A comparison of these figures with the metallic reserve shows very clearly that the Bank does not observe in the least the prescriptions of the decree of May 7, 1891, which fixes the circulation at thrice the amount of the metallic reserve. Virtually, the Government has abandoned the legal limitation of the Bank’s output of paper; it permits any maximum which the needs of the Treasury may seem to dictate. The present maximum of circulation is 54,000 contos. The Bank makes strong efforts to prevent indefinite growth of its circulation; but the State places it constantly between the two horns of a dilemma by either compelling it to grant advances which necessitate new issues of paper or by putting a stop to its State service. From this position the Bank cannot extricate itself. Meanwhile, Portugal seems to recover somewhat from its unfortunate situation. Its credit is lost, and unless it can offer collateral of undoubted value, the foreign market for loans is absolutely closed against it. The country can depend only upon its own resources, and, apparently, it seeks to develop them. The chief condition of its salvation lies in its not exhausting its principal credit establishment, which is its last resource.
THE CONSTITUENTS OF THE BANK’S PAPER.
The circulation of the Bank is very singularly made up. Before the crisis of 1891, Portugal had been from July 29, 1854, under a single gold standard; no creditor was held to accept more than five milreis in silver money; yet it had become common usage to pay two-thirds in gold and one-third in silver, or even copper. The banks had made special issues of notes which were redeemable in silver and copper, and which clearly stated so on their face. These bills were much in excess of the silver and copper metallic reserves of the banks; and, by the letter of the law of 1887, they should be brought within the exact figure of the actual money reserve. Events, however, have not allowed this; and, on December 31, 1895, the Bank of Portugal had the following issue of paper money in circulation:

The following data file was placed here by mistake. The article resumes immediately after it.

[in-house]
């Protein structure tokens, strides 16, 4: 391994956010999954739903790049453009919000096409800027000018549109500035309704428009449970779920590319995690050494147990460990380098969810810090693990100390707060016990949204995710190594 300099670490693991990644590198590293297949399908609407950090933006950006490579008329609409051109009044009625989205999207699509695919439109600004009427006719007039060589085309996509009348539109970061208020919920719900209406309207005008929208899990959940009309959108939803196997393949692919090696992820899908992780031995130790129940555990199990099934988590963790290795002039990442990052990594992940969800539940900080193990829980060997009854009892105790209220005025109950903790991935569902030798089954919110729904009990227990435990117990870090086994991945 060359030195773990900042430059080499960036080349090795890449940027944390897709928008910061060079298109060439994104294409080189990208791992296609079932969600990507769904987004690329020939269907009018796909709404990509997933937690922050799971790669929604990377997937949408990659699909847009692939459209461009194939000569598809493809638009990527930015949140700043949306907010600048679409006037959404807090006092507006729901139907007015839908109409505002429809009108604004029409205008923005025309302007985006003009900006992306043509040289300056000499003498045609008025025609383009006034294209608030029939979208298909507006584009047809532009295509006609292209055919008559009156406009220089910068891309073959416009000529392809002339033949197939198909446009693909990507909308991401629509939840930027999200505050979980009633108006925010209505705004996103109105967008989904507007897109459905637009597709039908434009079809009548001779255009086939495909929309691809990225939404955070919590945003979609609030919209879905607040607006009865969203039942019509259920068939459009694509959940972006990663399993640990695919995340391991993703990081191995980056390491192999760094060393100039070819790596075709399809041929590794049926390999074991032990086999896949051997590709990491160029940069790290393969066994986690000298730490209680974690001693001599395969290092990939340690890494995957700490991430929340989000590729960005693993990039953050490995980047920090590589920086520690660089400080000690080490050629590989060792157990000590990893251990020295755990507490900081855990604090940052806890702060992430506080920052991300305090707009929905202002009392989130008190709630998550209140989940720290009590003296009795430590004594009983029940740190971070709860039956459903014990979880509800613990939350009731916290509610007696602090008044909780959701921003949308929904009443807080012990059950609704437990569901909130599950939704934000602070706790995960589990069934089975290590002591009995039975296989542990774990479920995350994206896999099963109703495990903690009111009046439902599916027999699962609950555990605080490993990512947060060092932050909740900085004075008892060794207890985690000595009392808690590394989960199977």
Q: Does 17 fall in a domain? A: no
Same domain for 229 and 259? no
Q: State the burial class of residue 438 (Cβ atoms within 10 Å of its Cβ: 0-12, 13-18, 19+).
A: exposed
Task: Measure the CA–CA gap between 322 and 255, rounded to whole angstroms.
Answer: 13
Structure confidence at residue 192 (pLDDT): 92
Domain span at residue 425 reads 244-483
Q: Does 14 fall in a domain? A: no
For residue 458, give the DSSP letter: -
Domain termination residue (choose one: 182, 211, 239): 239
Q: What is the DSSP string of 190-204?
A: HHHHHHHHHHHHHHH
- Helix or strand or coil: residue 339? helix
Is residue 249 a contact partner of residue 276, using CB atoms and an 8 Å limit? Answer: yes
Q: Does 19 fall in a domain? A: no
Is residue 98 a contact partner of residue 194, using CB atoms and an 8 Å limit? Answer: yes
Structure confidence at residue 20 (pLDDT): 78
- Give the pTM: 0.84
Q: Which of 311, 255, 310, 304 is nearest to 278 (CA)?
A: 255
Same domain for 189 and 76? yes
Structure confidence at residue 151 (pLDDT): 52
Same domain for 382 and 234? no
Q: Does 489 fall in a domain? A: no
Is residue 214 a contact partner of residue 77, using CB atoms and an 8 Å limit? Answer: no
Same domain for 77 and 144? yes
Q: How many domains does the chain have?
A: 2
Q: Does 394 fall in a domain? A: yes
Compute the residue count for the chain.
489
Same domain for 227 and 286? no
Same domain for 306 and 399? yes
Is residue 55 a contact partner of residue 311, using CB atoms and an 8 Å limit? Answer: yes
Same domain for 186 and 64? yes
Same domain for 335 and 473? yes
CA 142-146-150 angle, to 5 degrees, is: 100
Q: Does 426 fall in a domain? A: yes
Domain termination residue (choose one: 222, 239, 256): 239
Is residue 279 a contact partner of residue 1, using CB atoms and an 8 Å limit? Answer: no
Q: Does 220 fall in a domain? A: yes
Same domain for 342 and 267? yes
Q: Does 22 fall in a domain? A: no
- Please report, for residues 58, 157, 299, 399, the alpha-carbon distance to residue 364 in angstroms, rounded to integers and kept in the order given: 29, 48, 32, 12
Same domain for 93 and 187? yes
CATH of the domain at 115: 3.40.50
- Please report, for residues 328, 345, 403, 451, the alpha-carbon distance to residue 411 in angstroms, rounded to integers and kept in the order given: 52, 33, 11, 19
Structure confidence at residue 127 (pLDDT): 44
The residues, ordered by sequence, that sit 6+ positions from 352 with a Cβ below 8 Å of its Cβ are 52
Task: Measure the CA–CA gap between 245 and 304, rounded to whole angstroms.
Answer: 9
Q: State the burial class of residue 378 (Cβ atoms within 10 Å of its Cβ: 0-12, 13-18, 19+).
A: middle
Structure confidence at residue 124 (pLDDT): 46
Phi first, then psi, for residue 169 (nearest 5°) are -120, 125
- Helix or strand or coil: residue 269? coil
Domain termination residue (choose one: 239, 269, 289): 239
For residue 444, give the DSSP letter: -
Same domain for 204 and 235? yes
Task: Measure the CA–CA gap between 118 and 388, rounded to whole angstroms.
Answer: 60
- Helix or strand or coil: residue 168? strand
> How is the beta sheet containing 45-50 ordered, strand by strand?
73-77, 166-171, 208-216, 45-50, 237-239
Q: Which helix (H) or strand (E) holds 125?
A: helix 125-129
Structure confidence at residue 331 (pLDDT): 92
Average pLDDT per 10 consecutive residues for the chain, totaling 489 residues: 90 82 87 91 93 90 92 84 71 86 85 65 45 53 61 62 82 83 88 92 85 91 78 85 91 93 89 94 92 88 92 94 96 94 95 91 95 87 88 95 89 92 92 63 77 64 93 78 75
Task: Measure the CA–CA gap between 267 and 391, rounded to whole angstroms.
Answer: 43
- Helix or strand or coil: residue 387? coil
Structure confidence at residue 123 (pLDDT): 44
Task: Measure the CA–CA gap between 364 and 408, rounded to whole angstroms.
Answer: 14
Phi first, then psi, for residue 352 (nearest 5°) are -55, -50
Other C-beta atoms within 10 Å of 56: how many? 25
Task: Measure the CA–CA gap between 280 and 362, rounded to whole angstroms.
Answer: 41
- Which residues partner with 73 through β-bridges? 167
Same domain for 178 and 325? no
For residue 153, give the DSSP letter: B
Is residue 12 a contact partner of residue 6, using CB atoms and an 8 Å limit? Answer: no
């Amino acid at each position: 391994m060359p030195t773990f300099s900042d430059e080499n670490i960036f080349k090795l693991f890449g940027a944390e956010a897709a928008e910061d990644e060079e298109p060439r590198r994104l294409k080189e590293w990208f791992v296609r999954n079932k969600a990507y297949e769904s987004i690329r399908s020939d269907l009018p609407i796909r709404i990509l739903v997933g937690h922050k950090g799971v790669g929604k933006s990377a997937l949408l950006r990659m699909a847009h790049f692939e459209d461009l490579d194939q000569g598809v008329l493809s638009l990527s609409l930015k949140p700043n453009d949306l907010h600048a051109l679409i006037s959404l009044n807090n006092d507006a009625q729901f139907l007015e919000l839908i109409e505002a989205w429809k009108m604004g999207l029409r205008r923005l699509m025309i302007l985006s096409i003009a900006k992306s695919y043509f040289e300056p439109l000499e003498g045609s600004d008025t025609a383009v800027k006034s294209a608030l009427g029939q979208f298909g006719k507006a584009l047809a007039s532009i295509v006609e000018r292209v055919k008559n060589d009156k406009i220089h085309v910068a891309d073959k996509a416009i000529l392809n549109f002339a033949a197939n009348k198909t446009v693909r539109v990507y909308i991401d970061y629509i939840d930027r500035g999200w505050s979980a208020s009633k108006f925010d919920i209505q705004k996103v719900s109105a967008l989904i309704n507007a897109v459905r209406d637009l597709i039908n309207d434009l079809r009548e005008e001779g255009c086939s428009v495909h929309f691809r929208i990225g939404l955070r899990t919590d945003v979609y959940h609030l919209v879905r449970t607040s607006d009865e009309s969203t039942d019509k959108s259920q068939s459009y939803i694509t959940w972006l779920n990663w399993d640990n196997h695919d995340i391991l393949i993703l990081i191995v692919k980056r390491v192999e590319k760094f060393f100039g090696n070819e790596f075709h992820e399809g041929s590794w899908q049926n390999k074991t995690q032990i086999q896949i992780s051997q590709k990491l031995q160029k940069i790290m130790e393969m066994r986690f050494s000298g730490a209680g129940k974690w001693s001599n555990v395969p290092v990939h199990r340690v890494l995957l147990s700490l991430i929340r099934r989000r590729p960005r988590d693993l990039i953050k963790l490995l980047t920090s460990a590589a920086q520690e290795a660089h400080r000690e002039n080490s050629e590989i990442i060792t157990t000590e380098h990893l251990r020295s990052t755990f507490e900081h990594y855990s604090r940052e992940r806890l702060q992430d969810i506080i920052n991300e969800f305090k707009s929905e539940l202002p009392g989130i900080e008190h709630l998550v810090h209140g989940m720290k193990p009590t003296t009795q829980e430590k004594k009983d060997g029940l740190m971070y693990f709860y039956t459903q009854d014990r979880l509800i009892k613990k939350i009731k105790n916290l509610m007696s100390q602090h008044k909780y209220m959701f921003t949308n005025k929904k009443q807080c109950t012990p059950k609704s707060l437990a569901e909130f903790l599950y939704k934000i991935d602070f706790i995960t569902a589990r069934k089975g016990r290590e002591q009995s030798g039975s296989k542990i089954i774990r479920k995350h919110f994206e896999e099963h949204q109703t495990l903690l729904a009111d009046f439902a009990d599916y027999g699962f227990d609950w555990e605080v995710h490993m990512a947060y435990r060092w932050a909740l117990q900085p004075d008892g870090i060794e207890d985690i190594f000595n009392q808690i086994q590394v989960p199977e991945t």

The 20-milreis denomination, which corresponds approximately to the French 100-francs note, occupies a prominent place in the Portuguese paper money issue.
RELATIONS BETWEEN THE BANK AND STATE.
Annuities and Pensions.—As in all countries with wrecked finances, the Bank of Portugal has the most intimate relations with the State. By the terms of its by-laws the Bank is obliged to pay the running civil and military pensions in force in July, 1887; pensions after that date do not fall within the contract. The Bank, in this case, is not an agent or disbursing medium; it advances the pensions, and the Treasury reimburses it for principal and interest by an annuity of 800 contos. The old debts of the State to the Bank, for the payment of pensions, have been merged in this contract. The rate of interest which the exchequer owes for this service is regulated by the quotation of Portuguese consols on the London Stock Exchange. When they are quoted at fifty-four, the Treasury pays five and one-half per cent.; but for each point of decline the rate rises six centimes; for each point gained the interest is lowered six centimes until it reaches five per cent., which is the minimum rate. At the end of each business year the Bank and the Treasury balance accounts and determine the rate of interest which the State has to pay. The Government can abandon this branch of the Bank’s service at any time; and the Bank, in such event, is not entitled to either compensation or indemnity. The Bank is authorized to issue bonds to be redeemed by drawings (premium bonds) against the Treasury’s debts for pensions. These bonds are guaranteed by the Government. If at any time the Government repays the whole or part of its debts, the Bank must redeem a corresponding amount of bonds. The following statement shows the increase of these obligations: